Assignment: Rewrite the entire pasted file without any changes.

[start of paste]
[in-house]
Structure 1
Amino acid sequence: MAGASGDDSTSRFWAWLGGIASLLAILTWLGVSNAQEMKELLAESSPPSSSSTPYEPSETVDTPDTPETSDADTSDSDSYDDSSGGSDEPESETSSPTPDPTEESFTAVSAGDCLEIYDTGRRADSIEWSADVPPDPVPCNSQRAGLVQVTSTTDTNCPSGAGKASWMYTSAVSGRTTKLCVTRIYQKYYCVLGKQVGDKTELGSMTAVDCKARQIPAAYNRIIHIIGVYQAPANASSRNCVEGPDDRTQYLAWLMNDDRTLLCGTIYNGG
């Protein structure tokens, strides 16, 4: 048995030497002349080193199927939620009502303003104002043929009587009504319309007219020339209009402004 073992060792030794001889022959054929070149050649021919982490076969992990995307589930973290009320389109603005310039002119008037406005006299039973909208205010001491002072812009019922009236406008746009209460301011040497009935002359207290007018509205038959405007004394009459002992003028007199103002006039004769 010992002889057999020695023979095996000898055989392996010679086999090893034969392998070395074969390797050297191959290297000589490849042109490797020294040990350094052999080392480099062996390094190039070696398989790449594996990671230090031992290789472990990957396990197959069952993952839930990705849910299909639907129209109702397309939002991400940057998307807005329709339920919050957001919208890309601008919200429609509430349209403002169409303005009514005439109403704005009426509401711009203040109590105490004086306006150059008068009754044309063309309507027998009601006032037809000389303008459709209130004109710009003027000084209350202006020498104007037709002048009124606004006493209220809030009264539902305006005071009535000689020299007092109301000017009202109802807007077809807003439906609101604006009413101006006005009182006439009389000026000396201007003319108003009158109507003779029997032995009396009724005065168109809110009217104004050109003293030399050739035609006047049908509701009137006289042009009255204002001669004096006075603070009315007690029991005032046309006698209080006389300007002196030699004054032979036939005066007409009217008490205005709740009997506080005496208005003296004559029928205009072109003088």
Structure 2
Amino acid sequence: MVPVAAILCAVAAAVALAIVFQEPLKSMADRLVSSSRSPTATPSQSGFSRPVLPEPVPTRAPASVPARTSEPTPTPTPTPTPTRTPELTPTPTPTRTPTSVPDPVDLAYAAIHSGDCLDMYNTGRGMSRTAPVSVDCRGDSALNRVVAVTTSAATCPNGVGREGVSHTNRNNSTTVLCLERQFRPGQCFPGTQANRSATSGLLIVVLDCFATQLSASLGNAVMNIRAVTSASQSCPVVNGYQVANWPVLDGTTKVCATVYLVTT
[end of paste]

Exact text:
[in-house]
Structure 1
Amino acid sequence: MAGASGDDSTSRFWAWLGGIASLLAILTWLGVSNAQEMKELLAESSPPSSSSTPYEPSETVDTPDTPETSDADTSDSDSYDDSSGGSDEPESETSSPTPDPTEESFTAVSAGDCLEIYDTGRRADSIEWSADVPPDPVPCNSQRAGLVQVTSTTDTNCPSGAGKASWMYTSAVSGRTTKLCVTRIYQKYYCVLGKQVGDKTELGSMTAVDCKARQIPAAYNRIIHIIGVYQAPANASSRNCVEGPDDRTQYLAWLMNDDRTLLCGTIYNGG
């Protein structure tokens, strides 16, 4: 048995030497002349080193199927939620009502303003104002043929009587009504319309007219020339209009402004 073992060792030794001889022959054929070149050649021919982490076969992990995307589930973290009320389109603005310039002119008037406005006299039973909208205010001491002072812009019922009236406008746009209460301011040497009935002359207290007018509205038959405007004394009459002992003028007199103002006039004769 010992002889057999020695023979095996000898055989392996010679086999090893034969392998070395074969390797050297191959290297000589490849042109490797020294040990350094052999080392480099062996390094190039070696398989790449594996990671230090031992290789472990990957396990197959069952993952839930990705849910299909639907129209109702397309939002991400940057998307807005329709339920919050957001919208890309601008919200429609509430349209403002169409303005009514005439109403704005009426509401711009203040109590105490004086306006150059008068009754044309063309309507027998009601006032037809000389303008459709209130004109710009003027000084209350202006020498104007037709002048009124606004006493209220809030009264539902305006005071009535000689020299007092109301000017009202109802807007077809807003439906609101604006009413101006006005009182006439009389000026000396201007003319108003009158109507003779029997032995009396009724005065168109809110009217104004050109003293030399050739035609006047049908509701009137006289042009009255204002001669004096006075603070009315007690029991005032046309006698209080006389300007002196030699004054032979036939005066007409009217008490205005709740009997506080005496208005003296004559029928205009072109003088």
Structure 2
Amino acid sequence: MVPVAAILCAVAAAVALAIVFQEPLKSMADRLVSSSRSPTATPSQSGFSRPVLPEPVPTRAPASVPARTSEPTPTPTPTPTPTRTPELTPTPTPTRTPTSVPDPVDLAYAAIHSGDCLDMYNTGRGMSRTAPVSVDCRGDSALNRVVAVTTSAATCPNGVGREGVSHTNRNNSTTVLCLERQFRPGQCFPGTQANRSATSGLLIVVLDCFATQLSASLGNAVMNIRAVTSASQSCPVVNGYQVANWPVLDGTTKVCATVYLVTT